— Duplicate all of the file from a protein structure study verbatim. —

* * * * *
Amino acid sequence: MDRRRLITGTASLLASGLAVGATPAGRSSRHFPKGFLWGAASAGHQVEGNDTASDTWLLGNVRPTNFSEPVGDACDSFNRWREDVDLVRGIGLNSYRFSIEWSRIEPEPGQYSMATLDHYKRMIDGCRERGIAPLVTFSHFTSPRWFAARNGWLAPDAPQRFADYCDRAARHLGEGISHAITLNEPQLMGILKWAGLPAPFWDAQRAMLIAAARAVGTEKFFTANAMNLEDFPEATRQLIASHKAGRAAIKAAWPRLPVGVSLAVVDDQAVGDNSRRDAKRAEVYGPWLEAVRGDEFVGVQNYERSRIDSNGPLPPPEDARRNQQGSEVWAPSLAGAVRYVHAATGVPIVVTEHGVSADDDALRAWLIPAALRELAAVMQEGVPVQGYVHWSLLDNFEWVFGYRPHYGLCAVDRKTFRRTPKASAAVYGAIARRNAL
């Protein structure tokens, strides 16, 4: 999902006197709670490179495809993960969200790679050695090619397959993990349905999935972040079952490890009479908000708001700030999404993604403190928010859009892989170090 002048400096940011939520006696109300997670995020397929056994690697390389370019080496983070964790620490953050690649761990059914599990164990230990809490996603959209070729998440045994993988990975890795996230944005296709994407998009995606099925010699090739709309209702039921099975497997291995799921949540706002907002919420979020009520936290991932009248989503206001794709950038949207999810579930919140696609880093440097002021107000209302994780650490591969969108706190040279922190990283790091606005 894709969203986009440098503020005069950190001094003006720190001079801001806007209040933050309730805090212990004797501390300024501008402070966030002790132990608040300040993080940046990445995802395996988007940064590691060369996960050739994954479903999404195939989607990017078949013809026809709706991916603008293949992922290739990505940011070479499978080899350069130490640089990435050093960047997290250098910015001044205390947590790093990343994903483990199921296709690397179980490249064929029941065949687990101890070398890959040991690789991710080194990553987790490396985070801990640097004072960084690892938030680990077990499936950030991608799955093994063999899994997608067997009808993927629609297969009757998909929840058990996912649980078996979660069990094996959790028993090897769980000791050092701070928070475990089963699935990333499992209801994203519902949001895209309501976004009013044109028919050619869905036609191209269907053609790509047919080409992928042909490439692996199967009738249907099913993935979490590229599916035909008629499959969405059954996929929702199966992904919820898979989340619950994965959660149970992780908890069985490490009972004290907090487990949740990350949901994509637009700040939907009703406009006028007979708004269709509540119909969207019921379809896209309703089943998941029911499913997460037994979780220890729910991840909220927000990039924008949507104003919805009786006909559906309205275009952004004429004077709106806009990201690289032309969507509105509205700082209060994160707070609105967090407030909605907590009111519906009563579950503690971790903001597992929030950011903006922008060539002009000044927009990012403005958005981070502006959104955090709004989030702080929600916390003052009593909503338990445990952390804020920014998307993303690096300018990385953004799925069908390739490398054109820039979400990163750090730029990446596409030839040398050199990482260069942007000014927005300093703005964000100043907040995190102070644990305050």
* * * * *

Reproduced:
Amino acid sequence: MDRRRLITGTASLLASGLAVGATPAGRSSRHFPKGFLWGAASAGHQVEGNDTASDTWLLGNVRPTNFSEPVGDACDSFNRWREDVDLVRGIGLNSYRFSIEWSRIEPEPGQYSMATLDHYKRMIDGCRERGIAPLVTFSHFTSPRWFAARNGWLAPDAPQRFADYCDRAARHLGEGISHAITLNEPQLMGILKWAGLPAPFWDAQRAMLIAAARAVGTEKFFTANAMNLEDFPEATRQLIASHKAGRAAIKAAWPRLPVGVSLAVVDDQAVGDNSRRDAKRAEVYGPWLEAVRGDEFVGVQNYERSRIDSNGPLPPPEDARRNQQGSEVWAPSLAGAVRYVHAATGVPIVVTEHGVSADDDALRAWLIPAALRELAAVMQEGVPVQGYVHWSLLDNFEWVFGYRPHYGLCAVDRKTFRRTPKASAAVYGAIARRNAL
């Protein structure tokens, strides 16, 4: 999902006197709670490179495809993960969200790679050695090619397959993990349905999935972040079952490890009479908000708001700030999404993604403190928010859009892989170090 002048400096940011939520006696109300997670995020397929056994690697390389370019080496983070964790620490953050690649761990059914599990164990230990809490996603959209070729998440045994993988990975890795996230944005296709994407998009995606099925010699090739709309209702039921099975497997291995799921949540706002907002919420979020009520936290991932009248989503206001794709950038949207999810579930919140696609880093440097002021107000209302994780650490591969969108706190040279922190990283790091606005 894709969203986009440098503020005069950190001094003006720190001079801001806007209040933050309730805090212990004797501390300024501008402070966030002790132990608040300040993080940046990445995802395996988007940064590691060369996960050739994954479903999404195939989607990017078949013809026809709706991916603008293949992922290739990505940011070479499978080899350069130490640089990435050093960047997290250098910015001044205390947590790093990343994903483990199921296709690397179980490249064929029941065949687990101890070398890959040991690789991710080194990553987790490396985070801990640097004072960084690892938030680990077990499936950030991608799955093994063999899994997608067997009808993927629609297969009757998909929840058990996912649980078996979660069990094996959790028993090897769980000791050092701070928070475990089963699935990333499992209801994203519902949001895209309501976004009013044109028919050619869905036609191209269907053609790509047919080409992928042909490439692996199967009738249907099913993935979490590229599916035909008629499959969405059954996929929702199966992904919820898979989340619950994965959660149970992780908890069985490490009972004290907090487990949740990350949901994509637009700040939907009703406009006028007979708004269709509540119909969207019921379809896209309703089943998941029911499913997460037994979780220890729910991840909220927000990039924008949507104003919805009786006909559906309205275009952004004429004077709106806009990201690289032309969507509105509205700082209060994160707070609105967090407030909605907590009111519906009563579950503690971790903001597992929030950011903006922008060539002009000044927009990012403005958005981070502006959104955090709004989030702080929600916390003052009593909503338990445990952390804020920014998307993303690096300018990385953004799925069908390739490398054109820039979400990163750090730029990446596409030839040398050199990482260069942007000014927005300093703005964000100043907040995190102070644990305050």